Wise Wealth Management

Dennis Covington | Principal

Insights on the keys to enjoying a "healthy wealth".

Focusing on Things You Can Control-Part 3: Wealth Enhancement

March 2009

(In describing our investment philosophy to clients we often tell them to not worry about things they can’t control (e.g., stock market gyrations) and instead focus on things they can control: fees, taxes, etc. The same thing goes for other areas of managing wealth. This is the last of a three-part series in which I have been exploring some areas of wealth management that clients’ DO have control over.)

There is no denying that we will see changes to federal tax policy over the next few years; newspapers and magazines are full of stories and opinions on the matter. One of our roles as wealth managers (in partnership with our clients’ tax advisors) is to identify provisions that may help them save tax and thereby enhance their wealth.

Many new provisions in the tax code were set into motion with the American Recovery and Reinvestment Act of 2009 that was signed into law in February. Among the more significant new items to consider:

• Sales Tax on Vehicle Purchases is deductible towards Adjusted Gross Income (AGI). For 2009, this legislation allows all taxpayers a deduction for state, local, and excise taxes paid on the purchase of a new car or light truck. The deduction phases out at AGI levels of $125,000 for singles or $250,000 for married-filing-jointly.

• Alternative Minimum Tax Relief is extended for 2009. The legislation increases the AMT exemptions for 2009 to $46,700 from $46,200 for individuals and $70,950 from $69,950 for joint filers. Also, beginning in 2009 an individual may offset the entire Regular Tax Liability and Alternative Minimum Tax Liability by the nonrefundable personal credits.
• Small Business Stock Capital Gains — An individual who invests in the stock of a small business and holds that investment for at least five years may exclude up to 75% of the gain realized on the disposition of that stock, provided certain requirements are met. This provision is effective for investments made after the date of enactment and before January 1, 2011. For this purpose, a small business is defined as a corporation with less than $50 million in gross assets.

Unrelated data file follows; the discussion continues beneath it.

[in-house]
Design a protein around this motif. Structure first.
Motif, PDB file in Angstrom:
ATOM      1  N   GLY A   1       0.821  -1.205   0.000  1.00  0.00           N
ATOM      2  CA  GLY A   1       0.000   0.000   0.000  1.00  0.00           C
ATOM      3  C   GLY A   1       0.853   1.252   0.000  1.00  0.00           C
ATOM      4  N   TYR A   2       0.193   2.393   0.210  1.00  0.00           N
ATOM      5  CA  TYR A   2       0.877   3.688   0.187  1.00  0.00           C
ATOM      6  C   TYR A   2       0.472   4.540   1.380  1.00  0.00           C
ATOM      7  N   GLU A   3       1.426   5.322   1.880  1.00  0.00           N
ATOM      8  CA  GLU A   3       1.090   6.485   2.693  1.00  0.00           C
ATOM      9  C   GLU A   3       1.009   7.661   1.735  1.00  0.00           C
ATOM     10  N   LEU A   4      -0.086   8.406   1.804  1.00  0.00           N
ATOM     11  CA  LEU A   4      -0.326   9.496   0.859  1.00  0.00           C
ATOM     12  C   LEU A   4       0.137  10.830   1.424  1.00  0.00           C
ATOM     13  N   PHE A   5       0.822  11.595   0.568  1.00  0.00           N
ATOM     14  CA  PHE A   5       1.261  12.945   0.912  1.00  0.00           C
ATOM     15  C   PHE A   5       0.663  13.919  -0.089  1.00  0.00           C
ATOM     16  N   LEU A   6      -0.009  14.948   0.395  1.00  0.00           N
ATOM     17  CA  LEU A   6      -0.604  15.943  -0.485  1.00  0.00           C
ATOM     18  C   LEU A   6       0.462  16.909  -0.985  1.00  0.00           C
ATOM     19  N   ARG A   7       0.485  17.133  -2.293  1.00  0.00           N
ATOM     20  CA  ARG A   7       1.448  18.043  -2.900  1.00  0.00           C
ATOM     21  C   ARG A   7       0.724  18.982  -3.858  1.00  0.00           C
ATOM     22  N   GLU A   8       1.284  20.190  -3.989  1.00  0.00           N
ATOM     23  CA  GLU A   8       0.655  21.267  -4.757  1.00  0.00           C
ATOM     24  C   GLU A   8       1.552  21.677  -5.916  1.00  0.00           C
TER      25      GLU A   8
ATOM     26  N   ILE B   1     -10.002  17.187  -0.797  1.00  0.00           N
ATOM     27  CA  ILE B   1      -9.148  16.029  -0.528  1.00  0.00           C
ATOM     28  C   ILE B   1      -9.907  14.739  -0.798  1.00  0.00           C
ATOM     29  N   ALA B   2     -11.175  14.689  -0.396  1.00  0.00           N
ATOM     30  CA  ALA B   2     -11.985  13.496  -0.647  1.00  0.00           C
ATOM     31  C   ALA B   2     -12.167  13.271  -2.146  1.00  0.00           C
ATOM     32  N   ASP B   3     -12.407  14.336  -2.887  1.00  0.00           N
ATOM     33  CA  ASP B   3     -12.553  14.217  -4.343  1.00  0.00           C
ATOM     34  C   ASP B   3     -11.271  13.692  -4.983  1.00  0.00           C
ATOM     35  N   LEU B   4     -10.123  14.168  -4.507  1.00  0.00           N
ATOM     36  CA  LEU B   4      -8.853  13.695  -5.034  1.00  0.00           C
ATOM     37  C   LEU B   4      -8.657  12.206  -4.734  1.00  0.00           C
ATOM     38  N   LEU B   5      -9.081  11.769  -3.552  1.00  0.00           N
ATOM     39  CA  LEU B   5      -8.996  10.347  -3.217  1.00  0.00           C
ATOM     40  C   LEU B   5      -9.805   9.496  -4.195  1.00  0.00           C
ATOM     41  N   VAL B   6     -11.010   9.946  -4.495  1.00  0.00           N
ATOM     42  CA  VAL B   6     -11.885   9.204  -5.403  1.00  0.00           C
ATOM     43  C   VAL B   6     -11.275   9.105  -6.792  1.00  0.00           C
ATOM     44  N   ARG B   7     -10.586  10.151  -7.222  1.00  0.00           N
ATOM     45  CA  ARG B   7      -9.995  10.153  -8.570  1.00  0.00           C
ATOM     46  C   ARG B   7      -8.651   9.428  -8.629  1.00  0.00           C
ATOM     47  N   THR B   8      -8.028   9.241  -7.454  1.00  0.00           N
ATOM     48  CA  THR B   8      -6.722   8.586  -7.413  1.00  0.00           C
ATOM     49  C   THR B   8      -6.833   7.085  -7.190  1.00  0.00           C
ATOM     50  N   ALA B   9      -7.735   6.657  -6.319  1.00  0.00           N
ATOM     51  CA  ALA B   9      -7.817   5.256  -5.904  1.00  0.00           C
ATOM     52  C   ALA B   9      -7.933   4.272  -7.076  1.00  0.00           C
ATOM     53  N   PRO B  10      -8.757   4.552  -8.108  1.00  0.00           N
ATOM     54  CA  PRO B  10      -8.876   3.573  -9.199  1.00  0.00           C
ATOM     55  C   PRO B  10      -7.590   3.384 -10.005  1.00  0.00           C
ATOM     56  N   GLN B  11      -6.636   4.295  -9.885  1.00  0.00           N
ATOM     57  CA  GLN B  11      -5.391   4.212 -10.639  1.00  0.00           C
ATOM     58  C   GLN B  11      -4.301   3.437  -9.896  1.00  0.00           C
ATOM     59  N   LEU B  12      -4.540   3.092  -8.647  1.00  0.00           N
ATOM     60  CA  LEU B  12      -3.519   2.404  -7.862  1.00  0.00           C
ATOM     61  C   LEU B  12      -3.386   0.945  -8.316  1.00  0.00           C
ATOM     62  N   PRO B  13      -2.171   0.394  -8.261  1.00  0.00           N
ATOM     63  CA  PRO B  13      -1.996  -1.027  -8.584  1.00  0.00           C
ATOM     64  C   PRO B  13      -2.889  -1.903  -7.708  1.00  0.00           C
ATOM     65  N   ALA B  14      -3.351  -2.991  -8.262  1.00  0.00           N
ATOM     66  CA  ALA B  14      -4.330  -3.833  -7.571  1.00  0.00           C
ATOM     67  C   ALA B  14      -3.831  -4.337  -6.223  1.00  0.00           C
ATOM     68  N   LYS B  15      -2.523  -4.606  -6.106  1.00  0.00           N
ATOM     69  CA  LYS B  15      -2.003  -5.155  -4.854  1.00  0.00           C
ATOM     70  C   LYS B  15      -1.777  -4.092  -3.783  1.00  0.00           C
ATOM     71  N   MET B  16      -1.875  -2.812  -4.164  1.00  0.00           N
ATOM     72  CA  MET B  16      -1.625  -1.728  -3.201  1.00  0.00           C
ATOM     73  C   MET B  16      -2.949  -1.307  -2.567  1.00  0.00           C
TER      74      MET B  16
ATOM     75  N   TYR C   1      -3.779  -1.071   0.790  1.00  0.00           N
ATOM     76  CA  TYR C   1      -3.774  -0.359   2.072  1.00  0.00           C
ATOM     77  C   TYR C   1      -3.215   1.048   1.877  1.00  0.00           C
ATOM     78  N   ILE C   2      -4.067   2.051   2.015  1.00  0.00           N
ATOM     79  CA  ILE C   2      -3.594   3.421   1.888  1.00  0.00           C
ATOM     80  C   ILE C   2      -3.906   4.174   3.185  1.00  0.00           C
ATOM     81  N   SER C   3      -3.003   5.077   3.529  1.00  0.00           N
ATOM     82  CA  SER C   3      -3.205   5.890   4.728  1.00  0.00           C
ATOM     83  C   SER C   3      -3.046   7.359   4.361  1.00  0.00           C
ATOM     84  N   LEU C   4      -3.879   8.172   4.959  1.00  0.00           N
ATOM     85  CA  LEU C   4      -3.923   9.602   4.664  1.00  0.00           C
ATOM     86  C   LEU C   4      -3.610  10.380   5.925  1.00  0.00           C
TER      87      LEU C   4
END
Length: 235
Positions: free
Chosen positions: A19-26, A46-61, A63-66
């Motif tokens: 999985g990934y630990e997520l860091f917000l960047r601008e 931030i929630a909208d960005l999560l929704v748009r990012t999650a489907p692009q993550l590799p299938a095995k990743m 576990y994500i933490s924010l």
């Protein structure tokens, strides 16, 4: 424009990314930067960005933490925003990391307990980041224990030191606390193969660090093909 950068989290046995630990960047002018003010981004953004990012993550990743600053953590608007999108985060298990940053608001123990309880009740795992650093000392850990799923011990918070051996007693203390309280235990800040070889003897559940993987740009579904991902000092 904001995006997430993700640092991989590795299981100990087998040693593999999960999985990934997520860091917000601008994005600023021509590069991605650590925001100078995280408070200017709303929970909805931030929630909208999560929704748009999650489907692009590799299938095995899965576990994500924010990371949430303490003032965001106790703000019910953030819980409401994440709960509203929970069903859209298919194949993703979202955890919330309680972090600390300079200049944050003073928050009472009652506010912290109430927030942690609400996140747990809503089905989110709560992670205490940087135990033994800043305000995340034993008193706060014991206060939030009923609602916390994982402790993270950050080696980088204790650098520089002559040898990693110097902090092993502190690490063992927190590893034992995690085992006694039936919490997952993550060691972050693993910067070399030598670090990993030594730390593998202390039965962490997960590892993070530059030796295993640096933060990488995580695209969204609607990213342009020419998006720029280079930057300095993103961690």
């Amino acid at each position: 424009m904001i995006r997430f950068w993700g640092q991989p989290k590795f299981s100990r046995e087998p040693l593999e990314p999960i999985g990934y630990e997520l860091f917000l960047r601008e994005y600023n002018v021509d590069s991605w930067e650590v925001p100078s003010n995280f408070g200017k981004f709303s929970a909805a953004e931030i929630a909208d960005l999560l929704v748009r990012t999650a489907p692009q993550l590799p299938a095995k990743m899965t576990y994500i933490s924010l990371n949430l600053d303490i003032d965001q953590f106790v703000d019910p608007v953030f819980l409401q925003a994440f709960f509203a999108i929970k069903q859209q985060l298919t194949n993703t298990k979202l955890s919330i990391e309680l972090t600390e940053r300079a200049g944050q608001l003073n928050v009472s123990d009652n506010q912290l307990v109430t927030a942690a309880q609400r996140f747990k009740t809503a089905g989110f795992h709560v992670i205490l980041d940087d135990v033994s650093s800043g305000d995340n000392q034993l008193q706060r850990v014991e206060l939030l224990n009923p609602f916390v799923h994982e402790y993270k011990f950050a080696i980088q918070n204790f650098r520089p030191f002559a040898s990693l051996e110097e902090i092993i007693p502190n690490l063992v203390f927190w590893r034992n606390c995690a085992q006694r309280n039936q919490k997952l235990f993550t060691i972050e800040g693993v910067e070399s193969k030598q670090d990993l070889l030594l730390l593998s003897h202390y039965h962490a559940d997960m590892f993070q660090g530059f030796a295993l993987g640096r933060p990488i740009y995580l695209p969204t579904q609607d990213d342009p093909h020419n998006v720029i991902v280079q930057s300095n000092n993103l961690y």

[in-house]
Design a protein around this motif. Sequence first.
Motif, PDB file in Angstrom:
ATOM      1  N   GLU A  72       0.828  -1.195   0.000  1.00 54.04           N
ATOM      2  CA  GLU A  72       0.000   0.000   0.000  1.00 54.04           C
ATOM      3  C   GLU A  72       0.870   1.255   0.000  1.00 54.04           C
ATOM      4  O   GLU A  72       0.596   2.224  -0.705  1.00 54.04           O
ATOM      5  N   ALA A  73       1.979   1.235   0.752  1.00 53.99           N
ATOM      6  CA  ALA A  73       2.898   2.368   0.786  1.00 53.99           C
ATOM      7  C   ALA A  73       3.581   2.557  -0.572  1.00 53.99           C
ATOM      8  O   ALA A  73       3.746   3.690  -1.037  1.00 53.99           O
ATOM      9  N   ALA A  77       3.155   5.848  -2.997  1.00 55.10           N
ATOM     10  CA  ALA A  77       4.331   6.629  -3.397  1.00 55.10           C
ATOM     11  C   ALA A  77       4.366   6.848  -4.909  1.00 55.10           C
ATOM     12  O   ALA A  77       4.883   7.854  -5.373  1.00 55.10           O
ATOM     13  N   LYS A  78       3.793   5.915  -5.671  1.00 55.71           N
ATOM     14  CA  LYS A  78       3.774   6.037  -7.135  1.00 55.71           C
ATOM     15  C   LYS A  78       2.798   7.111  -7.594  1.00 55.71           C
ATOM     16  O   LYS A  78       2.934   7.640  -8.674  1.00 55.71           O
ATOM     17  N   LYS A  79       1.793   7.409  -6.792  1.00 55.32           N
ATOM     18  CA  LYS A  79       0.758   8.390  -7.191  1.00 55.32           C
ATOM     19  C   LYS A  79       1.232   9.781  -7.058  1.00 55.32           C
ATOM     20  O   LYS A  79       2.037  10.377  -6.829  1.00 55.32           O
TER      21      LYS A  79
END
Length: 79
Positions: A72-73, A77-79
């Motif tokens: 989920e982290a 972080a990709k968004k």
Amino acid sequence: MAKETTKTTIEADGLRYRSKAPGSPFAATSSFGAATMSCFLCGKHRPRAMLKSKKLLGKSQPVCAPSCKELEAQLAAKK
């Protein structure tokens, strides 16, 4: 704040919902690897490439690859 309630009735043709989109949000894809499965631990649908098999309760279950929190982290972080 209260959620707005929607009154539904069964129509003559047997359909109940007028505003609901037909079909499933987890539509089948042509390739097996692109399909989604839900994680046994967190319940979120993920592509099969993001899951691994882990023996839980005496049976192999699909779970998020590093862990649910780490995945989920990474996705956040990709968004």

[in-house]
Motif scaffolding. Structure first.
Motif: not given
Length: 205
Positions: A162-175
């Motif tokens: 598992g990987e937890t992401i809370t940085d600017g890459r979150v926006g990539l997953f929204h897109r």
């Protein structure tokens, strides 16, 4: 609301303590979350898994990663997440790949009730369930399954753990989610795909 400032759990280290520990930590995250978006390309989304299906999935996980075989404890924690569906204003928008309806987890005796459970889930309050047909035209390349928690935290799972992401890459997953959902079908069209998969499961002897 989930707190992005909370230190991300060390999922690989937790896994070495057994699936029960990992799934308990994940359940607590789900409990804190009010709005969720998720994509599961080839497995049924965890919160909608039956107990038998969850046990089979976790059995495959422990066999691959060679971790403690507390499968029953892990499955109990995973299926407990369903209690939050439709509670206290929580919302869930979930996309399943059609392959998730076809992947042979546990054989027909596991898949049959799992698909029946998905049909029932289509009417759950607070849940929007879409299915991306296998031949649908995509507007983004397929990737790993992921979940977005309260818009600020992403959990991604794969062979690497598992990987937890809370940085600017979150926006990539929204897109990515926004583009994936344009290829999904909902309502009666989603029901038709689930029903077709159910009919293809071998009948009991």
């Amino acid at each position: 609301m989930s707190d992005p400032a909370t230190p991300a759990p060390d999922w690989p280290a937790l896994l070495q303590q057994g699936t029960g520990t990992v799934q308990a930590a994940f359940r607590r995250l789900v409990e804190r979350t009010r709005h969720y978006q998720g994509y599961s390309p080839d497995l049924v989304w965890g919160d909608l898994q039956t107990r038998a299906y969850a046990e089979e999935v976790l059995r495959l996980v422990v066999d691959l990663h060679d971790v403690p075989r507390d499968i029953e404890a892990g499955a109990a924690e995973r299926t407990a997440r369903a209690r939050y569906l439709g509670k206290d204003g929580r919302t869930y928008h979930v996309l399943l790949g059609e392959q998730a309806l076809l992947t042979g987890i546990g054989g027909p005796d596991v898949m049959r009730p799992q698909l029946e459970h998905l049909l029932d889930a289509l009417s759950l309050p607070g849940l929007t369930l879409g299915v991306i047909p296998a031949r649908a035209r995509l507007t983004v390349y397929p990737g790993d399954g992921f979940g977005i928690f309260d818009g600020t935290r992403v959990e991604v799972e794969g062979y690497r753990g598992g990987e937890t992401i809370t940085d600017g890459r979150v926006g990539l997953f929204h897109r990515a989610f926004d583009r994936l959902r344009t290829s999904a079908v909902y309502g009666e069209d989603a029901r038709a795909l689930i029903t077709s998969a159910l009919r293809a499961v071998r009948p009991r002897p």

Some provisions that may benefit your children or grandchildren:

• The First-Time Home Buyer’s 10% Credit is increased up to $8,000 for purchases between January 1, 2009 and December 1, 2009. Despite what was proposed as the legislation made its way through Congress, the final legislation continues to limit the home buyer’s credit to first-time home buyers (defined as someone who hasn’t owned a home in the three years before the purchase). The most significant change made by the legislation is that the new credit does not have to be repaid. The home must be occupied as the buyer’s principal residence within 24 months of the purchase. The credit phases out for taxpayers with adjusted gross incomes in excess of $75,000 ($150,000 in the case of a joint return). The credit is refundable and is recaptured if the home is sold within 36 months of the purchase date. A buyer who purchases a home after January 1, 2009 under the new rules can claim the credit on a 2008 return to speed receipt of the credit. A buyer who purchased a home before January 1, 2009, must go with the old “interest free loan” credit.

• The American Opportunity Education Tax Credit replaces and improves upon the HOPE scholarship credit. The American Opportunity Credit is allowed for up to four years of undergraduate education, and for 2009 and 2010 the maximum credit will be $2,500 in each year and 40% of the credit is refundable. The credit phases out at AGI levels between $80,000 and $90,000 for singles and $160,000 and $180,000 for married filing jointly.

• A Student Computer Purchase may be treated as a qualified education expense for Section 529 plans in 2009 and 2010. This includes software and peripheral equipment.

While many tax planning strategies sound great in isolation, when viewed from 30,000 feet they may have unintended negative consequences on other parts of your life. Therefore, the most important role we play as a wealth manager is in helping clients evaluate tax planning ideas to ensure they align with our clients’ values and help them accomplish their most important goals.

This summary is intended to highlight some of the provisions of the Act and is general in nature. As with any important planning matter, consult with us and your tax advisor before relying on the summaries above.

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